We are working to produce an ‘e-learning readiness tool’ to help organisations assess where they are in termsn of capacity and plan the steps they need to take in order to develop tehir capacity. I will publish a draft of the tool in the next few weeks if anyone is interested.

Learning Toolbox

June 11th, 2014 by Graham Attwell

Tomorrow I am speaking at the 4th Annual Future Learning Lab conference in Kristiansand in Norway. The conference aims to target the interplay of learning, pedagogy issues, digital media and globalizing forces representing both opportunities, threats and new conditions. The conference web site says new ways and means of learning are paving their way into both formal education, work-life and leisure. Education technologies continue to evolve. Digital communication technology changed the music industry, the film industry and the news media as well as book publishing industry: Do we really think education and the learning field is any different? The media ecology that enables disruption, is global. The new networks being employed, are global. But the consequences and challenges are, for all practical purposes, local. And learning is still an aspect of social interaction as well as personal endeavor.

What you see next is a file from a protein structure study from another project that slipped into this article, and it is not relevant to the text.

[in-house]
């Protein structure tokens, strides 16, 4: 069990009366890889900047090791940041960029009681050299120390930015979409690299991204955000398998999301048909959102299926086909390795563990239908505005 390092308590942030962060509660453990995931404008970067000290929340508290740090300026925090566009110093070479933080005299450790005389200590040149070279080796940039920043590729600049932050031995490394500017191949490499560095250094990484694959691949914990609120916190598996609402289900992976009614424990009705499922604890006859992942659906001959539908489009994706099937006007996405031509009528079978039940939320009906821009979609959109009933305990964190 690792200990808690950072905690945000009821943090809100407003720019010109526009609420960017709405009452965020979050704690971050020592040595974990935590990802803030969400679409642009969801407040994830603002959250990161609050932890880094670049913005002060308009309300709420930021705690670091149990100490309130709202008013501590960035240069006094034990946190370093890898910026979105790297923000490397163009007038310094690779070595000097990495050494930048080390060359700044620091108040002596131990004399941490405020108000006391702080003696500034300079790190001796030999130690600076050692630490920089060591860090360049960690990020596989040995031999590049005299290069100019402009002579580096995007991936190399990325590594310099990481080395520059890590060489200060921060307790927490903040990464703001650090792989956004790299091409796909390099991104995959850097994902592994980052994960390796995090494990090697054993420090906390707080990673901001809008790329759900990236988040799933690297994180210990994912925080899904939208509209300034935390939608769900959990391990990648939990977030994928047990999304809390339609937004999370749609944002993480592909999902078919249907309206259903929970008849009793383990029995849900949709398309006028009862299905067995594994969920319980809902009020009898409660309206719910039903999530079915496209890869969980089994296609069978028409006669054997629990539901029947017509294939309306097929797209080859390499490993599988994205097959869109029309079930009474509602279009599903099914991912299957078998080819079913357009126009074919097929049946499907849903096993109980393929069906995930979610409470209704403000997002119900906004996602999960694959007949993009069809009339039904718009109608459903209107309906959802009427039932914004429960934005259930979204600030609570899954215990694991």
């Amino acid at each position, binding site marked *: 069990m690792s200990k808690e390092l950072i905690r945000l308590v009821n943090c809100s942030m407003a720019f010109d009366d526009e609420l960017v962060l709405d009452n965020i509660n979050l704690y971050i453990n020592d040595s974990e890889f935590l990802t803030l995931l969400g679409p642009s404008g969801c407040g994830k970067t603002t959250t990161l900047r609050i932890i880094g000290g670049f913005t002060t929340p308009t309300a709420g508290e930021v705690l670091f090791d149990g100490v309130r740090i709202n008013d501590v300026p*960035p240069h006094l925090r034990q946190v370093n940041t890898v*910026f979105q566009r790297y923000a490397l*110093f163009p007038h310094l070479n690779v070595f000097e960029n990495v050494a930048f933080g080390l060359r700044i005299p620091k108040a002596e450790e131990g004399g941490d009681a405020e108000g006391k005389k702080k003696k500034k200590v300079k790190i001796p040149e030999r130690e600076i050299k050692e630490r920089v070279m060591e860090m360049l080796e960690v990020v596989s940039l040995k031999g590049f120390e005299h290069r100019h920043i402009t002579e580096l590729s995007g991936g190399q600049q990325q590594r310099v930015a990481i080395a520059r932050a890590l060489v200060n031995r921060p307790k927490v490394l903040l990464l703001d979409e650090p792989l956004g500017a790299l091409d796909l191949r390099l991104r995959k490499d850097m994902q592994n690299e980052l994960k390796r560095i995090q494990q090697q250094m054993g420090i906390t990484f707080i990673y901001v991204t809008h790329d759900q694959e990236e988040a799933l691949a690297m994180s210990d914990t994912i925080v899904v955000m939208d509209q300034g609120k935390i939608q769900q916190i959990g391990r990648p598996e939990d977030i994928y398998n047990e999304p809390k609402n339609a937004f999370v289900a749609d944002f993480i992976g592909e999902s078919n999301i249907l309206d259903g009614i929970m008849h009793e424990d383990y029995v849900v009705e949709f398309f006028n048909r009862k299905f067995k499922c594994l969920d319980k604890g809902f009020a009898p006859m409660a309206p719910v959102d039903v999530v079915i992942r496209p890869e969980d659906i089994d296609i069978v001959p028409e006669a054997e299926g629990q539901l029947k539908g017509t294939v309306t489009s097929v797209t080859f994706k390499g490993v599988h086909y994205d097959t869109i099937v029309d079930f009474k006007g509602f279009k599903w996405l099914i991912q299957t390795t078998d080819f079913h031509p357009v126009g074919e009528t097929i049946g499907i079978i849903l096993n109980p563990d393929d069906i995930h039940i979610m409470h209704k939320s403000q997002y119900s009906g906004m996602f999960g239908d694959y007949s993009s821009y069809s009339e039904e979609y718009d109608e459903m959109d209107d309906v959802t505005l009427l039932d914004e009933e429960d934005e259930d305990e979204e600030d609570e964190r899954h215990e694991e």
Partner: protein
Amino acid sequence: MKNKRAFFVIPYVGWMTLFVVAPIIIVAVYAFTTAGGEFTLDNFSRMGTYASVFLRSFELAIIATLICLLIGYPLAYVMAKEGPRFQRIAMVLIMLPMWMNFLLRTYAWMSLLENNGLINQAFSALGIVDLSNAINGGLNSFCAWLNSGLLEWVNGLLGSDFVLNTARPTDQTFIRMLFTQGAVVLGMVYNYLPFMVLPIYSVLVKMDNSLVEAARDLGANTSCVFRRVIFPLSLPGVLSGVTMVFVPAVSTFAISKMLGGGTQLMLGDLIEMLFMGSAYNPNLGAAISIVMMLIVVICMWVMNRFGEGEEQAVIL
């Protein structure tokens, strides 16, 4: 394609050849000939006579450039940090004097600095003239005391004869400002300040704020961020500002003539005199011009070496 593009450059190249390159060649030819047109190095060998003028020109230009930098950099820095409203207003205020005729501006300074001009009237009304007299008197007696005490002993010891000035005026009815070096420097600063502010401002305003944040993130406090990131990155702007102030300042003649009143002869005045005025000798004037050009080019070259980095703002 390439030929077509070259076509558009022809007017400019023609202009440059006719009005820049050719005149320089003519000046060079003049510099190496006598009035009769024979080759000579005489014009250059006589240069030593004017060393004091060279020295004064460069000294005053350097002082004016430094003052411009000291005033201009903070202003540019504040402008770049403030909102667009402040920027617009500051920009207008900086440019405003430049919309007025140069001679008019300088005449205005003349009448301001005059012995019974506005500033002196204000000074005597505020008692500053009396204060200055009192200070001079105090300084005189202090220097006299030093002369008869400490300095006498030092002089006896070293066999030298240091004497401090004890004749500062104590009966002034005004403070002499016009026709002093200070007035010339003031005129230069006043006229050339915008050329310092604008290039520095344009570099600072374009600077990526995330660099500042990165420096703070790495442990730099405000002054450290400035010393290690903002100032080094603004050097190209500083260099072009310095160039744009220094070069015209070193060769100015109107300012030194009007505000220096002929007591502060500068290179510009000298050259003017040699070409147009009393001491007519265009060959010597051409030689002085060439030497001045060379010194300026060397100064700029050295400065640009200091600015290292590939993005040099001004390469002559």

My presentation (see slide deck above) is based on the work we are doing in the EU funded Learning Layers project, developing the Learning toolbox, a mobile application designed for apprentices in the construction industry. In particular, we are trying to deal with the issue of context. The Learning Toolbox is based on tiles, each a separate application, which can be differently configured for use in different contexts.

Scaling up the use of technology for learning through SME clusters

October 21st, 2013 by Graham Attwell